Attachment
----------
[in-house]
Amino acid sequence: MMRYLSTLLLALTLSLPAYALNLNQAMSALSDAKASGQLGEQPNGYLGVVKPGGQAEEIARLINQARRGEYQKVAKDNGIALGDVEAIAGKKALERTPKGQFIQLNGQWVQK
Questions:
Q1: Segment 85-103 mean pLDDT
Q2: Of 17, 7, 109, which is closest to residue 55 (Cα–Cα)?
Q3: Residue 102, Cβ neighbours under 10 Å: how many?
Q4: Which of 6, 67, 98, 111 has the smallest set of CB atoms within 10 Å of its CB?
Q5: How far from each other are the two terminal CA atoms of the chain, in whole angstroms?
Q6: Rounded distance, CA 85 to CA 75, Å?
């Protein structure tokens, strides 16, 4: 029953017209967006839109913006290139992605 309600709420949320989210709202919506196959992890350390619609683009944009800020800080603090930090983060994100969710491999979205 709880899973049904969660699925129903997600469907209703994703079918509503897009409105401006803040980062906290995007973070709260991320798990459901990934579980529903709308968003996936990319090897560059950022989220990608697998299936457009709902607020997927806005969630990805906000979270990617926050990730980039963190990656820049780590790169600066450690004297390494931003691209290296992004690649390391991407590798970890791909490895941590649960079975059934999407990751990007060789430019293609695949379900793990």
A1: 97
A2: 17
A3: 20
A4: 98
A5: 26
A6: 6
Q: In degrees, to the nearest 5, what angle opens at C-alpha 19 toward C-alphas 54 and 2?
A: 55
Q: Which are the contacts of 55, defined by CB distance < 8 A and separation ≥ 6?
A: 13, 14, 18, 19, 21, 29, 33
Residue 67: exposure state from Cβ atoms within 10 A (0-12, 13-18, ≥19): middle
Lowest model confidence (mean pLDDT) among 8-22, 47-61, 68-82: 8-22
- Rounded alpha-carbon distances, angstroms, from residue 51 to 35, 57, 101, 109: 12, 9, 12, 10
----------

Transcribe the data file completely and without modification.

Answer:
[in-house]
Amino acid sequence: MMRYLSTLLLALTLSLPAYALNLNQAMSALSDAKASGQLGEQPNGYLGVVKPGGQAEEIARLINQARRGEYQKVAKDNGIALGDVEAIAGKKALERTPKGQFIQLNGQWVQK
Questions:
Q1: Segment 85-103 mean pLDDT
Q2: Of 17, 7, 109, which is closest to residue 55 (Cα–Cα)?
Q3: Residue 102, Cβ neighbours under 10 Å: how many?
Q4: Which of 6, 67, 98, 111 has the smallest set of CB atoms within 10 Å of its CB?
Q5: How far from each other are the two terminal CA atoms of the chain, in whole angstroms?
Q6: Rounded distance, CA 85 to CA 75, Å?
């Protein structure tokens, strides 16, 4: 029953017209967006839109913006290139992605 309600709420949320989210709202919506196959992890350390619609683009944009800020800080603090930090983060994100969710491999979205 709880899973049904969660699925129903997600469907209703994703079918509503897009409105401006803040980062906290995007973070709260991320798990459901990934579980529903709308968003996936990319090897560059950022989220990608697998299936457009709902607020997927806005969630990805906000979270990617926050990730980039963190990656820049780590790169600066450690004297390494931003691209290296992004690649390391991407590798970890791909490895941590649960079975059934999407990751990007060789430019293609695949379900793990």
A1: 97
A2: 17
A3: 20
A4: 98
A5: 26
A6: 6
Q: In degrees, to the nearest 5, what angle opens at C-alpha 19 toward C-alphas 54 and 2?
A: 55
Q: Which are the contacts of 55, defined by CB distance < 8 A and separation ≥ 6?
A: 13, 14, 18, 19, 21, 29, 33
Residue 67: exposure state from Cβ atoms within 10 A (0-12, 13-18, ≥19): middle
Lowest model confidence (mean pLDDT) among 8-22, 47-61, 68-82: 8-22
- Rounded alpha-carbon distances, angstroms, from residue 51 to 35, 57, 101, 109: 12, 9, 12, 10